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Rescued Goldfish In D.C. Pond Are Put Up For Adoption


Property developers find all sorts of things on the job - abandoned cars, secret rooms, hidden passageways. Earlier this month, Jeff Kozero found a 20-foot manmade pond at a property just outside Washington, D.C. Now, that wasn't too unusual, but the heron that kept stopping by was.

JEFF KOZERO: So, you know, we saw the heron, and I said, the heron has to be here eating something.

GARCIA-NAVARRO: Goldfish - lots of them. And not large fancy koi, either - little goldfish like you'd keep in a small tank. Turns out the previous owner had introduced them into her pond 50 years ago. It was the home of generations of goldfish.

KOZERO: And that's when we said we just can't let these fish die.

CHRIS SCHINDLER: Yeah. So we received a phone call from the developer because I think they were obviously perplexed on, like, what to do.

GARCIA-NAVARRO: That's Chris Schindler, vice president of field services at the Humane Rescue Alliance. They usually deal with dogs, cats, birds, bunnies, turtles, not goldfish spawned wild. They came up with a plan. As the sump pumps slowly drained the pond, workers waded in with handheld nets.


UNIDENTIFIED PERSON #1: Got some in there.


UNIDENTIFIED PERSON #1: At least three.

GARCIA-NAVARRO: Seems straightforward - right? - and kind of fun on a sunny spring morning. Scoop up a little fish, put them in a bucket, take them back to a tank at the shelter. Bang, splash - you're done. But...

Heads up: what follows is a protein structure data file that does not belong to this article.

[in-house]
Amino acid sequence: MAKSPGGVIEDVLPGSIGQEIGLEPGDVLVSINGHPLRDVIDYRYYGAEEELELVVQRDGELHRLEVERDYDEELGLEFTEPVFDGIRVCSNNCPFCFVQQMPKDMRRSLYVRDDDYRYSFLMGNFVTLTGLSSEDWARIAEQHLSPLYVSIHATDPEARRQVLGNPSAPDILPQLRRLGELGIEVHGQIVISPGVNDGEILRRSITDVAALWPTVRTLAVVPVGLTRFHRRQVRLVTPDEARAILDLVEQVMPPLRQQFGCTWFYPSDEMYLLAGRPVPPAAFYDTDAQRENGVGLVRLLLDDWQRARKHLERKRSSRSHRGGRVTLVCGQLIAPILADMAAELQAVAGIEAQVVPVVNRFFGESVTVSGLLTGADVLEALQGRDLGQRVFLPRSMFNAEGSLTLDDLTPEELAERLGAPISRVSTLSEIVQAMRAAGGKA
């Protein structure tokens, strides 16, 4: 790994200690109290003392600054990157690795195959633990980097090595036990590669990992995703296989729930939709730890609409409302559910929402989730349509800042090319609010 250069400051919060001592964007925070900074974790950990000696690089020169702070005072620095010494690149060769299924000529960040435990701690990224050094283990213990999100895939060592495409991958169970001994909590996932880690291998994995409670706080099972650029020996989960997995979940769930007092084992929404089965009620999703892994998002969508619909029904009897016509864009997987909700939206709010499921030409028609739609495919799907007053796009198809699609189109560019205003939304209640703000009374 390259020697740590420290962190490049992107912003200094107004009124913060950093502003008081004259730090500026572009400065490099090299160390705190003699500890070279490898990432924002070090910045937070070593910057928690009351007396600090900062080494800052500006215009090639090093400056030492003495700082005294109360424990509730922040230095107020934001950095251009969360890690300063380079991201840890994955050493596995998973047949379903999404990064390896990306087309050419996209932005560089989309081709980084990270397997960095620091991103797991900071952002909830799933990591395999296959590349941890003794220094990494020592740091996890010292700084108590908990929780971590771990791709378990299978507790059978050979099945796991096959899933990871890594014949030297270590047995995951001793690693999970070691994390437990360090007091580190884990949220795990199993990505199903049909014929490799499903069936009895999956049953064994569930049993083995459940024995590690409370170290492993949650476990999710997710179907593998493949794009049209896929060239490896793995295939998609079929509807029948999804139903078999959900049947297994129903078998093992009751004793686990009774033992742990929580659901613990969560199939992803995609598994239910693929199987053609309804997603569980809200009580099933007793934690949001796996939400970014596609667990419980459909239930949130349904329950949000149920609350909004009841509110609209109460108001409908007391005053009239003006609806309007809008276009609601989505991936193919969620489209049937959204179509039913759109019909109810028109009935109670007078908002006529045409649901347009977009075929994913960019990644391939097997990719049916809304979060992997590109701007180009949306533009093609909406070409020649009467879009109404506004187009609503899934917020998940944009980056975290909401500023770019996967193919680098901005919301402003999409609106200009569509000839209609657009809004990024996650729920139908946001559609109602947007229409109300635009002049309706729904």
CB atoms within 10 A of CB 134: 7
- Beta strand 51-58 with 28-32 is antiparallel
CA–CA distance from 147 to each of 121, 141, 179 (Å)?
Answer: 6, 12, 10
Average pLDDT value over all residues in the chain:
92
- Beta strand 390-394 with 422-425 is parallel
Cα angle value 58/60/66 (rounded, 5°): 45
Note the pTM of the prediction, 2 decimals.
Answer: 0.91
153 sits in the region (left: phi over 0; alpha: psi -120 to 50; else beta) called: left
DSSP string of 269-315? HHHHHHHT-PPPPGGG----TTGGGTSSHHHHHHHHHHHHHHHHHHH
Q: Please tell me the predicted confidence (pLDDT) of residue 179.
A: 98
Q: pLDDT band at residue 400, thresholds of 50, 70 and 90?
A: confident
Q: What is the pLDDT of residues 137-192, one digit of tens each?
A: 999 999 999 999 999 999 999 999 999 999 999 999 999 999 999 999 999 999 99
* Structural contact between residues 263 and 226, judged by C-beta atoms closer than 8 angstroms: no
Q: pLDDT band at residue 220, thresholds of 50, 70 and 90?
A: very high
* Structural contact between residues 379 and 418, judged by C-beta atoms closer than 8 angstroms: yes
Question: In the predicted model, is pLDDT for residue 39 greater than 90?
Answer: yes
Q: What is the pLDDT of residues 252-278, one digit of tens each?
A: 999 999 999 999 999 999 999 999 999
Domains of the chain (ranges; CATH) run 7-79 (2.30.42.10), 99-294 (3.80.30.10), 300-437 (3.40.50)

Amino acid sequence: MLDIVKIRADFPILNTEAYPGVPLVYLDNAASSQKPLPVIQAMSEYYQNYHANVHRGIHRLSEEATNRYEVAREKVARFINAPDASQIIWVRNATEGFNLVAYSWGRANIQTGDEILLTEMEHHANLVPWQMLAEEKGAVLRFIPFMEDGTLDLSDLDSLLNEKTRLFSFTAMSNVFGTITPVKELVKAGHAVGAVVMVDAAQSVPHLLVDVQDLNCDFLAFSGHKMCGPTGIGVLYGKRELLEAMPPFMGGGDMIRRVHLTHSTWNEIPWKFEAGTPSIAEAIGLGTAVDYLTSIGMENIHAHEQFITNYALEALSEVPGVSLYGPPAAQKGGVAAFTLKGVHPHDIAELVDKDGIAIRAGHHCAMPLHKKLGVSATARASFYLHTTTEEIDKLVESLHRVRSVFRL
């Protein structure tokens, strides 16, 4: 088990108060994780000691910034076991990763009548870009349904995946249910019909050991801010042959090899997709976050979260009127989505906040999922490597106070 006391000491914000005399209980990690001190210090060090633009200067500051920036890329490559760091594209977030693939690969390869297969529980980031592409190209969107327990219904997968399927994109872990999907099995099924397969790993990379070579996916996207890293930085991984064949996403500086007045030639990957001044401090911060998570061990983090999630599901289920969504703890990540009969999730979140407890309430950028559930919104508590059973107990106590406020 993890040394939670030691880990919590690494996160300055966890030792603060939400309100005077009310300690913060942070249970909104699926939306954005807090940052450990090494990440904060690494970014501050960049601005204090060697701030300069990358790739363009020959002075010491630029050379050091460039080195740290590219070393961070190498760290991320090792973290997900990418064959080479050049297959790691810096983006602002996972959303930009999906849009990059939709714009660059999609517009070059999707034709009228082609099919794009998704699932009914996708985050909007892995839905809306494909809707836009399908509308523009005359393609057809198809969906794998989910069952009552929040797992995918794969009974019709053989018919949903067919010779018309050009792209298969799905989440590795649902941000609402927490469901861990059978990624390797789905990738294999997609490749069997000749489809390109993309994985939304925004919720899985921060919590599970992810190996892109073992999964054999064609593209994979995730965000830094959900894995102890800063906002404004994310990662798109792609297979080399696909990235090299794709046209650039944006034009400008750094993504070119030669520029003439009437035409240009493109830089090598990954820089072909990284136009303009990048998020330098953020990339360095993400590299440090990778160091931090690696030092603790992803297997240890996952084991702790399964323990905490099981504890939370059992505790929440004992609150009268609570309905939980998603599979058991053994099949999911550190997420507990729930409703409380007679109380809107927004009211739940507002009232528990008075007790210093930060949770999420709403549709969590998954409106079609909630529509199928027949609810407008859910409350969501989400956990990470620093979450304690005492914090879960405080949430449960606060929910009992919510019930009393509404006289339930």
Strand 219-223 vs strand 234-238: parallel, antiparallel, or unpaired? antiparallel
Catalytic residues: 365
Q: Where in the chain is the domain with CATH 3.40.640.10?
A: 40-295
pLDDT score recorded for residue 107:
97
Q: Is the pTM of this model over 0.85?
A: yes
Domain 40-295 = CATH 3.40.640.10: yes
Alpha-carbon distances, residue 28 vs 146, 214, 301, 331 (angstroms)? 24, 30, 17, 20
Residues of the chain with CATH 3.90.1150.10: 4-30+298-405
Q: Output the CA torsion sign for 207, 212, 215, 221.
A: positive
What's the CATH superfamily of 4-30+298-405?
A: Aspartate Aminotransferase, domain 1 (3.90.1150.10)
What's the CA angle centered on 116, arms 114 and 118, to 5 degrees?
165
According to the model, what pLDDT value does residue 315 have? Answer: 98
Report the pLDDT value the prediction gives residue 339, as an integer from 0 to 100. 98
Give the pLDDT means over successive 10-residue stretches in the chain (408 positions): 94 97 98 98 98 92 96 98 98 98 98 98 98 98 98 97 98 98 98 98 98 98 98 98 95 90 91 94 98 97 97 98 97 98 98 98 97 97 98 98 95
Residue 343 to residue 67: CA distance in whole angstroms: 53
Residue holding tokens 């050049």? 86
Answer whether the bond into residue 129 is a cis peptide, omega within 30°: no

SCHINDLER: There was so much debris in there that we had to sift through - you know, basically scoop up, you know, a bunch of water and the leaves and then dump those out and sift through them by hand to pull the fish out of the debris, essentially, like, one by one - you know, one by one, whatever you caught.

GARCIA-NAVARRO: And they were hard to see, too, because most of the goldfish weren't even gold.

SCHINDLER: So there were only three that had any kind of, like, gold coloring. All the rest of them were, like, a black with kind of silver fins.

GARCIA-NAVARRO: And there were so many of them.

SCHINDLER: We didn't know at the time there were 143, either. (Laughter) I don't think any of us thought that there were that many.

GARCIA-NAVARRO: It took two full days to make sure they rescued all the fish. Fortunately, there were extra tanks. Then there they were, in the shelter and on the shelter's website under adopt small and exotic animals. Just below the thumbnail of Candy Pop the bunny, next to Yoda the turtle, there was a photo with the name multiple fish. Schindler says not just anyone can swing by and pick up a goldfish. No. They have to be screened first.

SCHINDLER: We make sure through our counseling sessions that they have all the equipment that they need to properly care for goldfish.

GARCIA-NAVARRO: Local D.C. media got the word out. And within a week, Adam got adopted, and Brian got adopted. Luther, Glenn, Napoleon - yes. Shelter staff named each of the 143 goldfish - Ophelia Xena, Ziti, even a fish called Wanda. They all got adopted. Chris Schindler says this was a feel-good story for our not-so-great times.

SCHINDLER: I mean, fish are animals, too. And so certainly, you know, they should be treated with the same kindness as any other animal that we encounter. They are living creatures. And so I think we're excited that not only were we able to help them, but that so many people in our community wanted to help them, too.

GARCIA-NAVARRO: And that was, again, Chris Schindler of the Humane Rescue Alliance here in Washington, D.C.

(SOUNDBITE OF MUSIC) Transcript provided by NPR, Copyright NPR.

Lulu Garcia-Navarro is the host of Weekend Edition Sunday and one of the hosts of NPR's morning news podcast Up First. She is infamous in the IT department of NPR for losing laptops to bullets, hurricanes, and bomb blasts.

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